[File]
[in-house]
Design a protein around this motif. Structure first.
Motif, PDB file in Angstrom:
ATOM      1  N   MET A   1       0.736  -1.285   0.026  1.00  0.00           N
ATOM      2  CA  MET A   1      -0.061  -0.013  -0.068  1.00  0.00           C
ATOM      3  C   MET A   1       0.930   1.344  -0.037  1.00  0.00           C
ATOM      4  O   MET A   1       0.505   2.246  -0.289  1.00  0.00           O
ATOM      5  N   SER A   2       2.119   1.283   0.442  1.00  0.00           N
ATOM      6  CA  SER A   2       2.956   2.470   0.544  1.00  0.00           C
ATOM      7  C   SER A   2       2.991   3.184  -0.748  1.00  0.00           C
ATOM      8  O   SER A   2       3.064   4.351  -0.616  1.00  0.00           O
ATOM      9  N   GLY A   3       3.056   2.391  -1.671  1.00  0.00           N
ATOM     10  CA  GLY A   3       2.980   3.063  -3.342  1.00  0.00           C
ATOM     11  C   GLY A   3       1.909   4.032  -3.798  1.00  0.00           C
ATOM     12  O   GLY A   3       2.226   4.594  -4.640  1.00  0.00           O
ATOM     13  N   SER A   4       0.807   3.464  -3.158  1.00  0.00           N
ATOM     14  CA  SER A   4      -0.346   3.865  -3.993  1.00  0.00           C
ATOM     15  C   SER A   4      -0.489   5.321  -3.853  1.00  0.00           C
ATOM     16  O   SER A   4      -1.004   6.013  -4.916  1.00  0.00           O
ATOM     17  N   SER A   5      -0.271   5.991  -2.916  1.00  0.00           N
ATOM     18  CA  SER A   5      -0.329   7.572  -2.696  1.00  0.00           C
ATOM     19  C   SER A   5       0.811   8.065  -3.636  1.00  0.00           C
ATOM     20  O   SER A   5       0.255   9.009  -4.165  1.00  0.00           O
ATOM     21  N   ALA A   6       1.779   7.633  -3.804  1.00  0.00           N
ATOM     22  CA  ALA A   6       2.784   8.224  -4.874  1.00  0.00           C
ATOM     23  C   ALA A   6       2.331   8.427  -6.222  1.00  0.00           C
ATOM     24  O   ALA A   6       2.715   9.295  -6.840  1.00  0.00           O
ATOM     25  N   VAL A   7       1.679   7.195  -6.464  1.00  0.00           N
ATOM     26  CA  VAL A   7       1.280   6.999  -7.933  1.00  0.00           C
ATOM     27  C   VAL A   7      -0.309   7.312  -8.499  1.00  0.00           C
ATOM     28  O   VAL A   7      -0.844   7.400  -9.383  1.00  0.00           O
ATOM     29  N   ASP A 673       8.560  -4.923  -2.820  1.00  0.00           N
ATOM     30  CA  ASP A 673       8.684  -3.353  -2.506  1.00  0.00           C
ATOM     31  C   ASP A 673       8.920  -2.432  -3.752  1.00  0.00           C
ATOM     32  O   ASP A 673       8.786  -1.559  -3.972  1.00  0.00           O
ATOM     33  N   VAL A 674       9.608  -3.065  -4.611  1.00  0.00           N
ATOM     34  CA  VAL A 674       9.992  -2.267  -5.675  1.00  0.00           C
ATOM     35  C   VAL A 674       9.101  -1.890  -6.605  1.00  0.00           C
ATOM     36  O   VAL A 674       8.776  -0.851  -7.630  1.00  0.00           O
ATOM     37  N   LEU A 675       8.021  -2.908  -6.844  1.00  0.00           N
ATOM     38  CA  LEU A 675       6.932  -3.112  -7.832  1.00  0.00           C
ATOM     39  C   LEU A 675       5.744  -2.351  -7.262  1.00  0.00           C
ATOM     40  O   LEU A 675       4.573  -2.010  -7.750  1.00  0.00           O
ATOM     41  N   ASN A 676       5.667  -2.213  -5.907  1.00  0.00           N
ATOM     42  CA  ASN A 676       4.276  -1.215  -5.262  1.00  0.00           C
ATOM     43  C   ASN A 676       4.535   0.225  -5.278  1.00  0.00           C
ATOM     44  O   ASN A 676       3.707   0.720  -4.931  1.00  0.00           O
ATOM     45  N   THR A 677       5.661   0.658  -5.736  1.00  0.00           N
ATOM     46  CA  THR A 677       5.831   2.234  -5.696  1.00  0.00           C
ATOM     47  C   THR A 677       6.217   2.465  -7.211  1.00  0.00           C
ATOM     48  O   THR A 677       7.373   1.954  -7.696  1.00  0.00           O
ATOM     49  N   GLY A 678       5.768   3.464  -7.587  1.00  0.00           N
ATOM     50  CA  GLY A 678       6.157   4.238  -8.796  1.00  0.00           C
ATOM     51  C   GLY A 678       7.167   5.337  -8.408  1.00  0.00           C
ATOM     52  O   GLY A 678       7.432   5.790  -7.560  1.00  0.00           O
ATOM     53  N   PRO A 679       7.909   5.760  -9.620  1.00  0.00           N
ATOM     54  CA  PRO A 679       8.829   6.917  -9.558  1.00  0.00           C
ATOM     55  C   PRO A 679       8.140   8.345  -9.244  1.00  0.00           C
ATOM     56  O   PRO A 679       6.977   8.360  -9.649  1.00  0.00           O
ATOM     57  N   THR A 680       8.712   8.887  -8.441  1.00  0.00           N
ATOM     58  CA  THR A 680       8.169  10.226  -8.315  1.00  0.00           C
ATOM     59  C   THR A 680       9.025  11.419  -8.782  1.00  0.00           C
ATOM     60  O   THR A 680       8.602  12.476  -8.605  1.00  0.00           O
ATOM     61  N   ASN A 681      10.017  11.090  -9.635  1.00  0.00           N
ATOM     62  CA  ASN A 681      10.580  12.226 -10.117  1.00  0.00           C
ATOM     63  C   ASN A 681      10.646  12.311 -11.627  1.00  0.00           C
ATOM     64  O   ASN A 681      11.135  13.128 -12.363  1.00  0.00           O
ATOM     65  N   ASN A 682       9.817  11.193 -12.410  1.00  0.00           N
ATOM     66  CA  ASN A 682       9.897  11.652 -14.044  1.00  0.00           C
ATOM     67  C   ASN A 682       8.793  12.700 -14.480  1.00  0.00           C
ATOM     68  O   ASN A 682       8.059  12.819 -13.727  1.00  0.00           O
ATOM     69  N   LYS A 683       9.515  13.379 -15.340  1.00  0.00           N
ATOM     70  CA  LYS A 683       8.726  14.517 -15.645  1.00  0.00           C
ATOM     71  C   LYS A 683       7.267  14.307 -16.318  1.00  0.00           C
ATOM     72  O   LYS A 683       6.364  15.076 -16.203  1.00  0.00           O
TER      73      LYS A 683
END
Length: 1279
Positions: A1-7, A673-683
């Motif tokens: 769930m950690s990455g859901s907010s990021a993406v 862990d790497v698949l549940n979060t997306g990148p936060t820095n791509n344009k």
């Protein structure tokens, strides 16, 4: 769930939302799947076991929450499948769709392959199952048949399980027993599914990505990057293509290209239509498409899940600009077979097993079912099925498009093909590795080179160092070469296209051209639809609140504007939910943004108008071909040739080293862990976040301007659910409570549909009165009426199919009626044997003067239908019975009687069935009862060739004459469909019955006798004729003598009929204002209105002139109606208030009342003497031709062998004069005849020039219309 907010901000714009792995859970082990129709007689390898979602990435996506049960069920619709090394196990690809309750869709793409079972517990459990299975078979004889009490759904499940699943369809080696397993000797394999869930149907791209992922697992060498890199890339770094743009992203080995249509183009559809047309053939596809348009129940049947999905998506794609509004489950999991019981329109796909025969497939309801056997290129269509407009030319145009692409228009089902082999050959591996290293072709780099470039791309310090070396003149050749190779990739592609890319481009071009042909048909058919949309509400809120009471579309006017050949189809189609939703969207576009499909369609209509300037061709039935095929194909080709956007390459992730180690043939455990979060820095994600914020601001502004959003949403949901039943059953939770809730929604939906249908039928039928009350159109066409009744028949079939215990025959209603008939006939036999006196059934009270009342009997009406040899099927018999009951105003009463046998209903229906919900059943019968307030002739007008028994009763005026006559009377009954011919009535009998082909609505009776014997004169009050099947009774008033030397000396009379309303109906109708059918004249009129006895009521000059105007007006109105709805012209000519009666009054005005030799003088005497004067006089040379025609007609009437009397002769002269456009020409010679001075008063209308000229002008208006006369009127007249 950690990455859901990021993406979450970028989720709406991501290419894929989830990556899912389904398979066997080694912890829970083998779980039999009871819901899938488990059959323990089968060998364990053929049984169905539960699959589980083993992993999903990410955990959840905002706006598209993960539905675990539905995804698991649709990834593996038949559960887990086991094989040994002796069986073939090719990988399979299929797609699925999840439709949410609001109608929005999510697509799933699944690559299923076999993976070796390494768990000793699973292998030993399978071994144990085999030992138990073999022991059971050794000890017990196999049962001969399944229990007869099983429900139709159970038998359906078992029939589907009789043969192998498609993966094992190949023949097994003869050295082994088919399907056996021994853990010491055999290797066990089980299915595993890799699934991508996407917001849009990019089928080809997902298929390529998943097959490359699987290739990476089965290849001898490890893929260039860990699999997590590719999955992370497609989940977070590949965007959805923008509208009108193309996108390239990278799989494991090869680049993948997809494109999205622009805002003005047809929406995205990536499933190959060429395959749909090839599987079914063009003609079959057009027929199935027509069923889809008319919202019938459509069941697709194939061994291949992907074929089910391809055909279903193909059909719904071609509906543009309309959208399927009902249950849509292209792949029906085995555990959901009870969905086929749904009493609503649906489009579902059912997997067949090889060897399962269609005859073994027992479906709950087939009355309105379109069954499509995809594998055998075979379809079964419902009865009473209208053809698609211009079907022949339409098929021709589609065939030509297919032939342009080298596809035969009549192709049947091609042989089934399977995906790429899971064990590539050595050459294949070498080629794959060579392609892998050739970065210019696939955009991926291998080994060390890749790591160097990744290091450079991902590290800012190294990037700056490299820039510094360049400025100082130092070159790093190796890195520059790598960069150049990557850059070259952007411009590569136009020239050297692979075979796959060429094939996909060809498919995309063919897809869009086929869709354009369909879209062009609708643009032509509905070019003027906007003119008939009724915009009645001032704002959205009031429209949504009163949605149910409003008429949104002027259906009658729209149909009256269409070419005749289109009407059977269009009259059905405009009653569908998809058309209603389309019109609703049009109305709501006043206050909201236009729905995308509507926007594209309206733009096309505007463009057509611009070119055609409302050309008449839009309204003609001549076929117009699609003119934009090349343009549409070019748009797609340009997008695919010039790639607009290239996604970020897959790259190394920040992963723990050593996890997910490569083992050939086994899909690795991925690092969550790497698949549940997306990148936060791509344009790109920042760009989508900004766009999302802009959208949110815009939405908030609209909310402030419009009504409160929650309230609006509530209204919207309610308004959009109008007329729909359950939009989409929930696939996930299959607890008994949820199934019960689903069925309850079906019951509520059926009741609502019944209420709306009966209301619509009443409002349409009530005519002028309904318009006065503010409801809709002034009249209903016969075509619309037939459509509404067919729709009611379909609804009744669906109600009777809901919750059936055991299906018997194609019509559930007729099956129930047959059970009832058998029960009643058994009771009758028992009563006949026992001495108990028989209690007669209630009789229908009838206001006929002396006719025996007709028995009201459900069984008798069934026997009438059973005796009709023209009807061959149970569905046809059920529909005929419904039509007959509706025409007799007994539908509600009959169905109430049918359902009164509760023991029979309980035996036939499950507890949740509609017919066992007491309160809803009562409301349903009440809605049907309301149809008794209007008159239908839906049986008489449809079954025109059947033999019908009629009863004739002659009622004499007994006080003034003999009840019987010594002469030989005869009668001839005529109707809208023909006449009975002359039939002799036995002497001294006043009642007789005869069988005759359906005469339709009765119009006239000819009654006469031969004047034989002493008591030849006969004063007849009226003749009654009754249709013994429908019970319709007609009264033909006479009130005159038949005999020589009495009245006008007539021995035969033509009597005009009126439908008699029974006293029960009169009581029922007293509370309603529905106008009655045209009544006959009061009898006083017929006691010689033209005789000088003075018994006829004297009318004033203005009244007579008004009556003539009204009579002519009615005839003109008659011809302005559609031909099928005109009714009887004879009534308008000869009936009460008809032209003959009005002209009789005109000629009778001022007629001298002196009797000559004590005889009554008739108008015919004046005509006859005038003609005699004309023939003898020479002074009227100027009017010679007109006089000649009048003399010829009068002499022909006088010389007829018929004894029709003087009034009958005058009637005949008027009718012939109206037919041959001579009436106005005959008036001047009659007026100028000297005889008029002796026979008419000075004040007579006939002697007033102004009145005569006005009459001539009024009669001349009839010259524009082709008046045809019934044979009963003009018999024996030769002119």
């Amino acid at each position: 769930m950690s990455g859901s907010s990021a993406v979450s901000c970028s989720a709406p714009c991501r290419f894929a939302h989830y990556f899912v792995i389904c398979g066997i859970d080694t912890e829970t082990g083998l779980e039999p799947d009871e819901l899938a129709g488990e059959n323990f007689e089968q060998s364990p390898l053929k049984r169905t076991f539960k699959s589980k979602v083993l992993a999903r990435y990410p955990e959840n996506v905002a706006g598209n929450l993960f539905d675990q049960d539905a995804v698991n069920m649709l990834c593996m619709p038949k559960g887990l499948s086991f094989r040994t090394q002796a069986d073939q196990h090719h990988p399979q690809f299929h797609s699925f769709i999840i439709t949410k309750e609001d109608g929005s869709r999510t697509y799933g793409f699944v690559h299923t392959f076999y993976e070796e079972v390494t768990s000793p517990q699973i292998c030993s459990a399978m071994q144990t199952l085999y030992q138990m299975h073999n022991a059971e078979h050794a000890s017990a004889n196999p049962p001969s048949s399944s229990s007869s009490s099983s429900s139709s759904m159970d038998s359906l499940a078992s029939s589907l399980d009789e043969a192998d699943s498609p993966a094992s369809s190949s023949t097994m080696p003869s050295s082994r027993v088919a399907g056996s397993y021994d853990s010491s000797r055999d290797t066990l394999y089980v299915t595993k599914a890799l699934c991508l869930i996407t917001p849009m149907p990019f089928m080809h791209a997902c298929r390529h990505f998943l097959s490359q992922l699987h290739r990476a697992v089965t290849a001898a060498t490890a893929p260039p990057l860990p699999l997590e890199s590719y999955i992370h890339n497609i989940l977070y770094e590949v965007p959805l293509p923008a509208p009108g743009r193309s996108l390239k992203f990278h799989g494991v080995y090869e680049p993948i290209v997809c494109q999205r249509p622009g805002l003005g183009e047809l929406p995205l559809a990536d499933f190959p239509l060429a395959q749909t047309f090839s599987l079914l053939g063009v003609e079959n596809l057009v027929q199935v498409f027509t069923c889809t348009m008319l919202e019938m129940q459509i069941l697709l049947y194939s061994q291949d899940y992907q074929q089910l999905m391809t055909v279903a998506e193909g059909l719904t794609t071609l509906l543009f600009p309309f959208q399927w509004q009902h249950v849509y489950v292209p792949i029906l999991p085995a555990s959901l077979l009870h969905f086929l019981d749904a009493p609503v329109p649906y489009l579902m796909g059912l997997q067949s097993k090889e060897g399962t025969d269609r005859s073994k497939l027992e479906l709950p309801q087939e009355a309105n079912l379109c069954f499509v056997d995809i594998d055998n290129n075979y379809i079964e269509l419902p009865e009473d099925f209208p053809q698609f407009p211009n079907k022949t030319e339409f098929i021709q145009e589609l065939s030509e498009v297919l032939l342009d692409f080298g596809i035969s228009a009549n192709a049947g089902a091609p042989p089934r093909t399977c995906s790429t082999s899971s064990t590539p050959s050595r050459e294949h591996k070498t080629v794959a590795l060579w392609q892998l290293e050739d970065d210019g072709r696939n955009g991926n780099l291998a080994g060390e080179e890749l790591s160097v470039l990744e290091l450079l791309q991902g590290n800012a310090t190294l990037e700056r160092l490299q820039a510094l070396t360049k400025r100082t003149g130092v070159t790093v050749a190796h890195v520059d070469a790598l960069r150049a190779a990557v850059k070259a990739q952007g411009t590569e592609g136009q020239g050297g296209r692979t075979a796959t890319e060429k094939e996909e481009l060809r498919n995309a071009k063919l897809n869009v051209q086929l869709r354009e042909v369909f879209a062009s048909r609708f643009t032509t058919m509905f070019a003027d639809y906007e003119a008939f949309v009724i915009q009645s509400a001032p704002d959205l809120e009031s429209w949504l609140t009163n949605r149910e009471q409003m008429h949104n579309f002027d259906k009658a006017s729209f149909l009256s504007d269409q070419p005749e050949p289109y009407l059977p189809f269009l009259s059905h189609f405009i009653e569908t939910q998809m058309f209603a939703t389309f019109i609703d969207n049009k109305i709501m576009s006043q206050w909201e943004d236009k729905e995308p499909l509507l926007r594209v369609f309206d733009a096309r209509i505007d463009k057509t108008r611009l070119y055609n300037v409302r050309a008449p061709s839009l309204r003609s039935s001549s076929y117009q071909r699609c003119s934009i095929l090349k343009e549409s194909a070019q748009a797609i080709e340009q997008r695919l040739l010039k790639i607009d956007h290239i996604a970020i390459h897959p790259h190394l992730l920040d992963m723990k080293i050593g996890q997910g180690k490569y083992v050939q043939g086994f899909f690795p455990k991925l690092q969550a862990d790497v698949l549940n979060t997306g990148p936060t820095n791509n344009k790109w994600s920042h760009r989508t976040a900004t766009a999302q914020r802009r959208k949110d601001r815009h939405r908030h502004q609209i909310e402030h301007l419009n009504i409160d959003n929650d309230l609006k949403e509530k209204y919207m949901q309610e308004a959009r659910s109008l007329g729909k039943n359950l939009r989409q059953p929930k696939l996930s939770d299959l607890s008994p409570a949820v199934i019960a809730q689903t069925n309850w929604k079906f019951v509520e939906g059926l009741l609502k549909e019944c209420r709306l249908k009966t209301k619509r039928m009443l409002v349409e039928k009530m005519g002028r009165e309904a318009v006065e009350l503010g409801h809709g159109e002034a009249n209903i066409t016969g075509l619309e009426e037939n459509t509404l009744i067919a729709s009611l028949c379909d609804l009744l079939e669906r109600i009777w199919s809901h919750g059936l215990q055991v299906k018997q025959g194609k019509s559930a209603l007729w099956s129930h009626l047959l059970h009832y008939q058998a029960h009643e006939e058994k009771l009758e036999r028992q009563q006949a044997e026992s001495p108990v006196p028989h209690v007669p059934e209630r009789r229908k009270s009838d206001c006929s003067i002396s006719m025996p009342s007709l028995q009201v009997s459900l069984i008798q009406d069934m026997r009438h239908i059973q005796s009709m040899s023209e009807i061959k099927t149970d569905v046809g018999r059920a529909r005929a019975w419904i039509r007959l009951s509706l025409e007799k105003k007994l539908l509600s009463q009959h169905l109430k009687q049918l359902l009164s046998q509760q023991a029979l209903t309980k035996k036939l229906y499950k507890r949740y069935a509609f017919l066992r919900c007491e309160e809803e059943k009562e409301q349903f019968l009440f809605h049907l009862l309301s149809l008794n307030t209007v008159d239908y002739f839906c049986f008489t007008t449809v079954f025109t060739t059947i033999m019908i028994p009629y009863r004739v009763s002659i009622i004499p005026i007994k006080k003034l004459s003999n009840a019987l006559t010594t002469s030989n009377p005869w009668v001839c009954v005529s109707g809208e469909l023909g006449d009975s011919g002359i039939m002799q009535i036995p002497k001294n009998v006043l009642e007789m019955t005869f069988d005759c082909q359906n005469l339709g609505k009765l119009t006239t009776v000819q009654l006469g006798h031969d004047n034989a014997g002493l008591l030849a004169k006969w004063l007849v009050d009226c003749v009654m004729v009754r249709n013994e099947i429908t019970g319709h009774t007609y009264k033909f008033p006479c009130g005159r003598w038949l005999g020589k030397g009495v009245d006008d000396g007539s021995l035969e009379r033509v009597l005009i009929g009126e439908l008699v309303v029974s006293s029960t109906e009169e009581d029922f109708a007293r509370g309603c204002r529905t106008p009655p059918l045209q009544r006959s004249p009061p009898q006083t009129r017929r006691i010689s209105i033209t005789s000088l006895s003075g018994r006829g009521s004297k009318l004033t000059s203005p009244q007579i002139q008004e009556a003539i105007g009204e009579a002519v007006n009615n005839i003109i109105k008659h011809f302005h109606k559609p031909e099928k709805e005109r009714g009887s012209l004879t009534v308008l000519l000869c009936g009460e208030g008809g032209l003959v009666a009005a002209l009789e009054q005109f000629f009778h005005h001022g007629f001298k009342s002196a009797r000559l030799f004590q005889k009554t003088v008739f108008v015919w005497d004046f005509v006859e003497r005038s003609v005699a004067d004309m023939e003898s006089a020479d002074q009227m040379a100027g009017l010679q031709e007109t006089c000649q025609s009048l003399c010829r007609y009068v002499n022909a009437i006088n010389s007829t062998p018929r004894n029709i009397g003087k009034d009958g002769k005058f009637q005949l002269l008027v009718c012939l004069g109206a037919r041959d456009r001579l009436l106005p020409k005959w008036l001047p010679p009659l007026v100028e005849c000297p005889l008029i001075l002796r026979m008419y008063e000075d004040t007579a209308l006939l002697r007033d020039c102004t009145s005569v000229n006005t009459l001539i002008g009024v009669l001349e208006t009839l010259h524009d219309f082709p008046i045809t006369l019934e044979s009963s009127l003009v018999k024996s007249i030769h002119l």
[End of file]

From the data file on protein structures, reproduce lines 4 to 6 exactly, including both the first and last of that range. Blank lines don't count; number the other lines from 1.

ATOM      1  N   MET A   1       0.736  -1.285   0.026  1.00  0.00           N
ATOM      2  CA  MET A   1      -0.061  -0.013  -0.068  1.00  0.00           C
ATOM      3  C   MET A   1       0.930   1.344  -0.037  1.00  0.00           C